In previous articles on the topic of organisational rights, we have mentioned that when it comes to the establishment of organisational rights at a plant level, the approach that is normally used is to observe section 21 of the Labour Relations Act. However, when it comes to collective bargaining on an industry level, it should be noted that the bargaining council should be in possession of a certificate of representation in terms of section 49 (4), which confirms the relevant representativity levels of both organised labour as well as employer organisations who are party to that specific council.

Thereafter, upon conclusion of the negotiations regarding the collective agreement by the relevant parties to the council, and for the collective agreement to be extended to non-parties, the parties to the council need to comply with section 32 of the Labour Relation Act in order to have the agreement(s) extended to non-parties. It is very important that due process needs to be followed in that the Minister of Employment and Labour will need to be satisfied that either organised labour or employer organisations represent the majority of the members within the industry. When the collective agreement is extended to non-parties, that is the only time the relevant trade unions who are a signatory to the collective agreement will automatically be entitled to sections 12 and 13 rights in terms of the Labour Relation Act.

In such an event and before the employer can make any deductions and/or grant the trade union access to the workplace, the onus would still be on the relevant trade union to prove active membership of the said employees affiliated with the trade union. It further needs to be noted that, with regards to section 12 of the Labour Relation Act, the trade union would still need to notify the employer timeously regarding access to the workplace pertaining to recruitment purposes. This, however, is still predicated on the condition that the employer falls within the registered scope of the bargaining council; that is the only time the trade union will be automatically entitled to those organisational rights.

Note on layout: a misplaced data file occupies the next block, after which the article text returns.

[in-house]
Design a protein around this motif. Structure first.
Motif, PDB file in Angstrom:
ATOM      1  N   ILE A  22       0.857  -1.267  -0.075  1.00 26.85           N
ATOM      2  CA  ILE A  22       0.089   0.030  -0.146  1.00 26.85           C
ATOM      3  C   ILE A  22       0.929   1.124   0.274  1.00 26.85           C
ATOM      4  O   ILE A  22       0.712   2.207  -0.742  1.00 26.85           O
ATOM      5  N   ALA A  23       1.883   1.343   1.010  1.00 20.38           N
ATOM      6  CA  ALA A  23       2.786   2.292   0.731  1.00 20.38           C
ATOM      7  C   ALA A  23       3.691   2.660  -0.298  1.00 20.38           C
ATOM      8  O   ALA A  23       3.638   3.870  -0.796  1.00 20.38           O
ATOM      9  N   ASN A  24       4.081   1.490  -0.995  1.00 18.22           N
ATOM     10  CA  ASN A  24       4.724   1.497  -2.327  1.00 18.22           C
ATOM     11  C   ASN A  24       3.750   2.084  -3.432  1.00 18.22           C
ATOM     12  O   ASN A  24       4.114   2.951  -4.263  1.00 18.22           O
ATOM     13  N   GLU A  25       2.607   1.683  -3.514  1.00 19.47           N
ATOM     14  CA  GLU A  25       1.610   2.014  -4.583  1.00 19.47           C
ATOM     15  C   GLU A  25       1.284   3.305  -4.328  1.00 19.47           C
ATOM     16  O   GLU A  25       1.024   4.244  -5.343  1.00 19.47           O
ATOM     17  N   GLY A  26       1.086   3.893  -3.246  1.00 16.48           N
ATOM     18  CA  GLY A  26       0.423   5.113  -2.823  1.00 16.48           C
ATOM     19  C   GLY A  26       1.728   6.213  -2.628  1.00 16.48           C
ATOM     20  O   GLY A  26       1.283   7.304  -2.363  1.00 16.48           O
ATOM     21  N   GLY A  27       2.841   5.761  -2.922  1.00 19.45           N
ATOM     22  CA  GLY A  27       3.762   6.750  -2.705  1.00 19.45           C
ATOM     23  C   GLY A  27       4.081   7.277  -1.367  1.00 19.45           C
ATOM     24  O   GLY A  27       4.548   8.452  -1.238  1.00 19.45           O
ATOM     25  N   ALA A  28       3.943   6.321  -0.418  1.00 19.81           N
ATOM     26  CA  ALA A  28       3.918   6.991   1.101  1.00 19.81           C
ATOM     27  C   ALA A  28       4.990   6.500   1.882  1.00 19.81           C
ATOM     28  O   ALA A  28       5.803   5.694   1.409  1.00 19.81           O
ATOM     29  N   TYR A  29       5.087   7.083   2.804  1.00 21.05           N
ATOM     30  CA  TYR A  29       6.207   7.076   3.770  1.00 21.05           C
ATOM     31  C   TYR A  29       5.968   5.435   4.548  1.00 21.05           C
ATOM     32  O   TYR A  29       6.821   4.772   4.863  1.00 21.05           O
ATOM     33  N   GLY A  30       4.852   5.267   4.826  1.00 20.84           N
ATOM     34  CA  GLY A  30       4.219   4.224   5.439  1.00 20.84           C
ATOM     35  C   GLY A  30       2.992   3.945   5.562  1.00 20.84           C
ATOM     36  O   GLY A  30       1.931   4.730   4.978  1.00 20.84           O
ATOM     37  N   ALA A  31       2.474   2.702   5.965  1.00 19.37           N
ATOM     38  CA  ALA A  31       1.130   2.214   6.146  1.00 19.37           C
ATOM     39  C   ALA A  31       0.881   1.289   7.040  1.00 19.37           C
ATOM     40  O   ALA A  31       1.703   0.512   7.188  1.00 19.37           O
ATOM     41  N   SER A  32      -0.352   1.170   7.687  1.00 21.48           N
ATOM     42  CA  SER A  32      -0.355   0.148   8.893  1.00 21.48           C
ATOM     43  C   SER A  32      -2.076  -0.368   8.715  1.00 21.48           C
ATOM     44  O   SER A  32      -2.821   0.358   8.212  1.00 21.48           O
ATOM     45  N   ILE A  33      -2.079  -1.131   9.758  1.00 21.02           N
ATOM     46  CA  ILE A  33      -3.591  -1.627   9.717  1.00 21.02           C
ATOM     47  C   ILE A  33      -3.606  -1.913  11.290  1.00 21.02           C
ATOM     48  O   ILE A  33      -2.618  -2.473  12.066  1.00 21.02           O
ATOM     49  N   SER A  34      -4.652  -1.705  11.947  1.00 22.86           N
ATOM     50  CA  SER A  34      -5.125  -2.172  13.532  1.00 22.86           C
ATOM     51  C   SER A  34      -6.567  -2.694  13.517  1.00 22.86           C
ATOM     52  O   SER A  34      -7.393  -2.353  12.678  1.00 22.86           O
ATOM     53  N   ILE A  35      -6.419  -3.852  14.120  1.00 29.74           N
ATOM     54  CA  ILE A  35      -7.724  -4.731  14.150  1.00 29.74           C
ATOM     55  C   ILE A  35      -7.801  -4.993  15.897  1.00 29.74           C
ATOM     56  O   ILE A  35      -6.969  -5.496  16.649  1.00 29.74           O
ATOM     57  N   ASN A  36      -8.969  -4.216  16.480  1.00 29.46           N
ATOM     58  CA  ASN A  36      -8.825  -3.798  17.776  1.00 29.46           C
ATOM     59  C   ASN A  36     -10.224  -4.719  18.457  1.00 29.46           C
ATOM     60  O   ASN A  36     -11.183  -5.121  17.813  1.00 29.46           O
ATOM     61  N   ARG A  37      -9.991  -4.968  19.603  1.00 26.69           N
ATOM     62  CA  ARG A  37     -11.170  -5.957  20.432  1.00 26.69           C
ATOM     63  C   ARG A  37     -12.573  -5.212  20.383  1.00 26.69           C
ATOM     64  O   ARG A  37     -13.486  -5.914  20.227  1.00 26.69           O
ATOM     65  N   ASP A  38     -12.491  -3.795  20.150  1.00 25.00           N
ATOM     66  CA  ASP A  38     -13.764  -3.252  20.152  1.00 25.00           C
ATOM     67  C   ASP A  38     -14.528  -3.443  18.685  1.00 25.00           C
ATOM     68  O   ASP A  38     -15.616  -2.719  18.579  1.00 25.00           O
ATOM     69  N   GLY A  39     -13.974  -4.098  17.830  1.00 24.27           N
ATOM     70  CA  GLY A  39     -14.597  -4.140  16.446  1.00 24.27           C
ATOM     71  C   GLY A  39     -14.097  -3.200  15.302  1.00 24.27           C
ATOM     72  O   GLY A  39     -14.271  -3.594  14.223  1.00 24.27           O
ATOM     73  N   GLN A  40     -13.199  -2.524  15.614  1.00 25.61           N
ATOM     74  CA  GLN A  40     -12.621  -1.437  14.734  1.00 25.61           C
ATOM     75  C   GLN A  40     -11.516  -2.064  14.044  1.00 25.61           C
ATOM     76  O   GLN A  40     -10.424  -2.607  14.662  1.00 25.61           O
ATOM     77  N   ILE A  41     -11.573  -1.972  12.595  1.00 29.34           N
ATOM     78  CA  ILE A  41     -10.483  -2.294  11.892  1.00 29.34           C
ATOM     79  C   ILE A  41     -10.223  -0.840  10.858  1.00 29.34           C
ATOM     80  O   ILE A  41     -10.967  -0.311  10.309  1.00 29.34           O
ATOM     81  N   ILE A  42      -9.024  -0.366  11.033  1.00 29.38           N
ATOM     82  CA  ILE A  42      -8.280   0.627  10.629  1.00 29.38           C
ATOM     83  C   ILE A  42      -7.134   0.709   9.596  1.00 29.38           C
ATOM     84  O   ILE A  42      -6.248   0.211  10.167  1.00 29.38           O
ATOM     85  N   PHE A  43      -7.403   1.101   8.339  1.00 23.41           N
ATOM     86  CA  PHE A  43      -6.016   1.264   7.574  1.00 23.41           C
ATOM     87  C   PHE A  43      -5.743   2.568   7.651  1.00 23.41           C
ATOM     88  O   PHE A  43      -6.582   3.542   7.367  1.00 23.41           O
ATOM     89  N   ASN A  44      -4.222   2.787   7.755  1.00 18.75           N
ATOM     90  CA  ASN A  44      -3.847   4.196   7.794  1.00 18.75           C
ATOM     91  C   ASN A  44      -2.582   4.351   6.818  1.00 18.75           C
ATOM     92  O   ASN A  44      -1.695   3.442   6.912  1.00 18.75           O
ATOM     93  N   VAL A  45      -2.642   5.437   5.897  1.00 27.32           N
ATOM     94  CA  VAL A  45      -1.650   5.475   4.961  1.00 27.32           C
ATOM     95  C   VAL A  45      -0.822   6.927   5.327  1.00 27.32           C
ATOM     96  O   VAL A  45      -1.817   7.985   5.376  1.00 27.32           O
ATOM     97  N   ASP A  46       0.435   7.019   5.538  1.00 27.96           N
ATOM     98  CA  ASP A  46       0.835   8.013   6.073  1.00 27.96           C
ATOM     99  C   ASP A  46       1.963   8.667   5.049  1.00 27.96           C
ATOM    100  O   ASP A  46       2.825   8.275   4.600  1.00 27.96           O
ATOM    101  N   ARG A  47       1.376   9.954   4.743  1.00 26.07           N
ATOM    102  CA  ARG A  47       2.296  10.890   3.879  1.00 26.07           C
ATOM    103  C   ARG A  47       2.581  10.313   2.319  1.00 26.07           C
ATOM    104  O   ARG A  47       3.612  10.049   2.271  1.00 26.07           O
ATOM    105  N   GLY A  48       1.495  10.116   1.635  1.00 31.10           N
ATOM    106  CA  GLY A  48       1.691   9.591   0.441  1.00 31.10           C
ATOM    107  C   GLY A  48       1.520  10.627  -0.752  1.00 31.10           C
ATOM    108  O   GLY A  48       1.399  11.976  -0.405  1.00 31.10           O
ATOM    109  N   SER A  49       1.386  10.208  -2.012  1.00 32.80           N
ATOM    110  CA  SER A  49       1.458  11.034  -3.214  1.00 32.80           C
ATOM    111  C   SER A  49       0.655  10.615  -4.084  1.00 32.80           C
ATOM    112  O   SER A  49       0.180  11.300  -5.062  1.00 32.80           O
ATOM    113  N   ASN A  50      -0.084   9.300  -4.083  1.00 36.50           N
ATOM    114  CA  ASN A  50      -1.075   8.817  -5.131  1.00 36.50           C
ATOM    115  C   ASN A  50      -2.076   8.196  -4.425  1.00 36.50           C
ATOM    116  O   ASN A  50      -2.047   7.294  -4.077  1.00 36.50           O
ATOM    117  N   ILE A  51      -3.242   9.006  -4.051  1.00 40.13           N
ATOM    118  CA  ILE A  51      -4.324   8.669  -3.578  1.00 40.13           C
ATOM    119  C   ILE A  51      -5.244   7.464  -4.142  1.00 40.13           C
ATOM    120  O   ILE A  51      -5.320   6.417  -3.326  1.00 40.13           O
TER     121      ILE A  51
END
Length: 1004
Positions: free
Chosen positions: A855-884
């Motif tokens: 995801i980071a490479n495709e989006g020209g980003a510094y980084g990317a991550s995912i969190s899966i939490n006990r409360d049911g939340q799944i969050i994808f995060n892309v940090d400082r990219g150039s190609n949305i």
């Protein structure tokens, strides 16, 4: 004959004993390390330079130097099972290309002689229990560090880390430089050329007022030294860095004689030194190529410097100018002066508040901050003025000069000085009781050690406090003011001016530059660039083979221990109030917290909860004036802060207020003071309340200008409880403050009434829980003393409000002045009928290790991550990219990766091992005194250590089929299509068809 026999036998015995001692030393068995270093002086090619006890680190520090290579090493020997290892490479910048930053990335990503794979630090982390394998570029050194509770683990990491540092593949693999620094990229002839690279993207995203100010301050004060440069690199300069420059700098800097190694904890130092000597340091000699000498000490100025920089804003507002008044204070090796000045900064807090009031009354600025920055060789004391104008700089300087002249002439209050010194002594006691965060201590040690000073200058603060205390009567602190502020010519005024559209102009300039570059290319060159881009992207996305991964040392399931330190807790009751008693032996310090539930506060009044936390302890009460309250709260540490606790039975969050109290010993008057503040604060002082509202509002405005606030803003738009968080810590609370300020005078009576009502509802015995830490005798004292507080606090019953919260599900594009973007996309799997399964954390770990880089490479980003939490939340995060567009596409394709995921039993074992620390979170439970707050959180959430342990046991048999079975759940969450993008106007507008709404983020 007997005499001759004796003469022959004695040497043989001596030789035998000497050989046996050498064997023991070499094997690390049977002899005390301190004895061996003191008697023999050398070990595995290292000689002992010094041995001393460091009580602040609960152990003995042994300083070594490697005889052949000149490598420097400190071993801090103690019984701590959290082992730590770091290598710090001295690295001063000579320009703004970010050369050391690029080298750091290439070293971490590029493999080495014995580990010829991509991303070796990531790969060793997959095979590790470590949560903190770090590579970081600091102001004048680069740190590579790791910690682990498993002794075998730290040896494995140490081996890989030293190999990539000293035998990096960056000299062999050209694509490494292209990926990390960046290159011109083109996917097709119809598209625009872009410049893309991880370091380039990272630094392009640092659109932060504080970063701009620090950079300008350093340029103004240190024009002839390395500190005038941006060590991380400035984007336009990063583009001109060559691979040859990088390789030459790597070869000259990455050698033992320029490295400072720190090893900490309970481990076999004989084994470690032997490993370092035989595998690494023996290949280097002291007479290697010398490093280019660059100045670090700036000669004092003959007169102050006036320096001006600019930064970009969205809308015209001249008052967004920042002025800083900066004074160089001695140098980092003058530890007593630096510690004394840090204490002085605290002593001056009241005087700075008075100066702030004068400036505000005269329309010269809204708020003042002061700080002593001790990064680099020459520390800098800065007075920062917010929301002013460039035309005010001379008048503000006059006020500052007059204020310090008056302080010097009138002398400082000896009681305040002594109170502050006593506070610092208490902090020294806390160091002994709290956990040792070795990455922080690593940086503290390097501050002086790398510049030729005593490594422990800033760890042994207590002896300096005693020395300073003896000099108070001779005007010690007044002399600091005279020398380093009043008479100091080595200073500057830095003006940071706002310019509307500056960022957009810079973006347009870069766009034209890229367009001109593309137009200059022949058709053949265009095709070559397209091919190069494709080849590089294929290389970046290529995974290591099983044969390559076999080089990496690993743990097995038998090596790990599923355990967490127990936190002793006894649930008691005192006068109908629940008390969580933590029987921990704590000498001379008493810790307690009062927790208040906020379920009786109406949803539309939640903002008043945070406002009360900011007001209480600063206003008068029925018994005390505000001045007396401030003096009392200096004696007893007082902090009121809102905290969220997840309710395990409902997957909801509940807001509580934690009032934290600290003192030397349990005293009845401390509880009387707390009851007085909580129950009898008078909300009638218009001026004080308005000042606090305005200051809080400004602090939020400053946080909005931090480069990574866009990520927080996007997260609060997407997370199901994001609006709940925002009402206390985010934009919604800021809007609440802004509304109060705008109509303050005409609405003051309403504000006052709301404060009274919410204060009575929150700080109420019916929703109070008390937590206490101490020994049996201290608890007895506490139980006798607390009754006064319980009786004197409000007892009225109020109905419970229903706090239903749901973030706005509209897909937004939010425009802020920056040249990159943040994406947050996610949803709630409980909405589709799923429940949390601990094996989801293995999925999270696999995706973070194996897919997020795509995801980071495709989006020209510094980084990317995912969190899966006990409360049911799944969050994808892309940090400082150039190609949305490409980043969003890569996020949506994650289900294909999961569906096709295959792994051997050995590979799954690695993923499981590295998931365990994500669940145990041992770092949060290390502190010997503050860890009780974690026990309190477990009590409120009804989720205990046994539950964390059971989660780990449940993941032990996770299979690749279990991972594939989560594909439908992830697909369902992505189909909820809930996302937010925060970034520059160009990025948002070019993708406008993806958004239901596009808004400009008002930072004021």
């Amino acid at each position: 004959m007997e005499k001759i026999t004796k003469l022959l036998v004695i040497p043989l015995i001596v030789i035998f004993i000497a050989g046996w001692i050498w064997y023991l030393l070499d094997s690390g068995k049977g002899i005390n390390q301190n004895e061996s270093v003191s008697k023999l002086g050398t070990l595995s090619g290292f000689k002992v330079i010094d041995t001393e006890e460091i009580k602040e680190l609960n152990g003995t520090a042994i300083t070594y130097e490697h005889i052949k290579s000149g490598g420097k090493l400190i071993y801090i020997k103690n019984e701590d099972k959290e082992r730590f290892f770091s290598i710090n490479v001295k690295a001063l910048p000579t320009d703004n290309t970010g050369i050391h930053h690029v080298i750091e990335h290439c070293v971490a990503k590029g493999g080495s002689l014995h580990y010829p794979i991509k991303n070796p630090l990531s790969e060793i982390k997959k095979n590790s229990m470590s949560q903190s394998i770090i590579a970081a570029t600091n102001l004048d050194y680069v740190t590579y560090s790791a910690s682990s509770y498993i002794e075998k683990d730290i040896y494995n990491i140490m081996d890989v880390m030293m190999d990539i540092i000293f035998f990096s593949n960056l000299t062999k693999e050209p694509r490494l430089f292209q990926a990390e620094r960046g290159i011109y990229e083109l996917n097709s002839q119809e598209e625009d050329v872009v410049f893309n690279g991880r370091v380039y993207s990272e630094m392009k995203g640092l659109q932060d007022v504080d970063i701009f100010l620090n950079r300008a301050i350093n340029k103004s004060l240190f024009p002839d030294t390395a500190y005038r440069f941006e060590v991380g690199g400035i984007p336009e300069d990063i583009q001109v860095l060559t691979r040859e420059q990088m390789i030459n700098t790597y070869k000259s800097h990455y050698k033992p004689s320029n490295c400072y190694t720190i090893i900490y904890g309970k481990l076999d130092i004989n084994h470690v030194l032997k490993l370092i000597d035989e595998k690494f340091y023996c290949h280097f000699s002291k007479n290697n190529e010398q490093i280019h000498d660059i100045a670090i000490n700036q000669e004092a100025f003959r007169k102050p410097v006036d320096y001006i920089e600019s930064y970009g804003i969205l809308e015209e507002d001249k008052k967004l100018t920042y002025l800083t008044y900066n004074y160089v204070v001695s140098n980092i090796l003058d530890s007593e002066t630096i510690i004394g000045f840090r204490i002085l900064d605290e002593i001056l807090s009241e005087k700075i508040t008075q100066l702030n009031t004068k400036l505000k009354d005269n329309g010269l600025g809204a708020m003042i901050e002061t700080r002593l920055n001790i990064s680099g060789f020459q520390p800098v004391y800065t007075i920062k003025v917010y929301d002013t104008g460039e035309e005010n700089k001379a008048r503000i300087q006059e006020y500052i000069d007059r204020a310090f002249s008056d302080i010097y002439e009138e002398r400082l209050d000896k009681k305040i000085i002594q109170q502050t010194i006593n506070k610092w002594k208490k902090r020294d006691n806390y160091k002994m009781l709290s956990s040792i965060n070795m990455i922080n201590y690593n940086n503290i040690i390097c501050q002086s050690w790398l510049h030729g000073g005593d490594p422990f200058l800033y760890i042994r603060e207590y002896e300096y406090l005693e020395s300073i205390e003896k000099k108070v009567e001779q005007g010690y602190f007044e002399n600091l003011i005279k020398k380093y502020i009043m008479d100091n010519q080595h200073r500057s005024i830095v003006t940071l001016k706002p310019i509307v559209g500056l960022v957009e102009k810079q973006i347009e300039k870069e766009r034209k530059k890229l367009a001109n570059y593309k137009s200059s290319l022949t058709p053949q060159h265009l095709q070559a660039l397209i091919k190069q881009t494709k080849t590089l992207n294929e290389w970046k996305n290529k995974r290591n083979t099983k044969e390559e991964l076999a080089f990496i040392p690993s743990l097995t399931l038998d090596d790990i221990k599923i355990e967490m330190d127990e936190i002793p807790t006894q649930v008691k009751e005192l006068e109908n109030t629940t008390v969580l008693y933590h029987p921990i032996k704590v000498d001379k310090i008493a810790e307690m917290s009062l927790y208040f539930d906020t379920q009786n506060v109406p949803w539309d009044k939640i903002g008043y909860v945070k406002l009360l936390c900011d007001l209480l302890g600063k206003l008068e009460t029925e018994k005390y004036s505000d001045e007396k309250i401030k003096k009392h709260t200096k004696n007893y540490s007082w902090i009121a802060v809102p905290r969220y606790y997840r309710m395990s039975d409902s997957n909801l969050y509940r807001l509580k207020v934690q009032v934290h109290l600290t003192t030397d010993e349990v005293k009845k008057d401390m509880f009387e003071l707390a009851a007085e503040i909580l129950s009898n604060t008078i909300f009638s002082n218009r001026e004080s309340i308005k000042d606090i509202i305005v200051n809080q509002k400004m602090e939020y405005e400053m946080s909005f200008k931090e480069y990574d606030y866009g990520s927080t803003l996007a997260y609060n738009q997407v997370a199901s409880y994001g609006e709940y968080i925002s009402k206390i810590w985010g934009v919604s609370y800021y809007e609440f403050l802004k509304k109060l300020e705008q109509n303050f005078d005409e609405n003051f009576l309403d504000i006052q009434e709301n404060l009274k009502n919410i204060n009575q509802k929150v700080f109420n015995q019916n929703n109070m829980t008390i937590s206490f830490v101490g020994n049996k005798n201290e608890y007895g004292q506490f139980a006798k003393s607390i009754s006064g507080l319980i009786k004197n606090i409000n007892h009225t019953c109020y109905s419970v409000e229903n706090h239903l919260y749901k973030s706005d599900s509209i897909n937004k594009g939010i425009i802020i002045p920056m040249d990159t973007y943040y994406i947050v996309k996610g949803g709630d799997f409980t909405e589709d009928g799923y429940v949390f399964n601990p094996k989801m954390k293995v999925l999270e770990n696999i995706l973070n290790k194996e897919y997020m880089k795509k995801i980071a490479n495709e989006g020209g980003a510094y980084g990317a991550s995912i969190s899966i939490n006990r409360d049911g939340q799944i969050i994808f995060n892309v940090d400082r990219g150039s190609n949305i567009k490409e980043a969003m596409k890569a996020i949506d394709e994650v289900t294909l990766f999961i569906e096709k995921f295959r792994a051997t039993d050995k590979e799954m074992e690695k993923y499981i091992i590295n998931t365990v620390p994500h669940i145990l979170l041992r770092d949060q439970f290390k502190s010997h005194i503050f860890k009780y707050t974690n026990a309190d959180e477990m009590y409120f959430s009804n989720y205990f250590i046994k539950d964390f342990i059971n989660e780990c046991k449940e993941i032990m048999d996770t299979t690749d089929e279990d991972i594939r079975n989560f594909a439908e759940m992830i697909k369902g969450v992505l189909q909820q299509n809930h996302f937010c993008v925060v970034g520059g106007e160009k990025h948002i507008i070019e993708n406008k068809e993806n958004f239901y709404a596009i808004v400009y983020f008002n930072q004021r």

Where it may happen that a collective agreement is concluded in a bargaining council but is not extended to non-parties, employers who are members of the relevant employer’s organisations that are signatories to the relevant agreement would then be obligated to grant signatory trade unions the rights as indicated above. Where, however, an employer is not a party, by virtue of not belonging to a signatory employer organisation, to a collective agreement, the trade union would not enjoy sections 12 and 13 rights and would need to go about obtaining same in accordance with section 21 of the Labour Relations Act.

Article by Ernest Masupye

Senior Collective Bargaining Co-Ordinator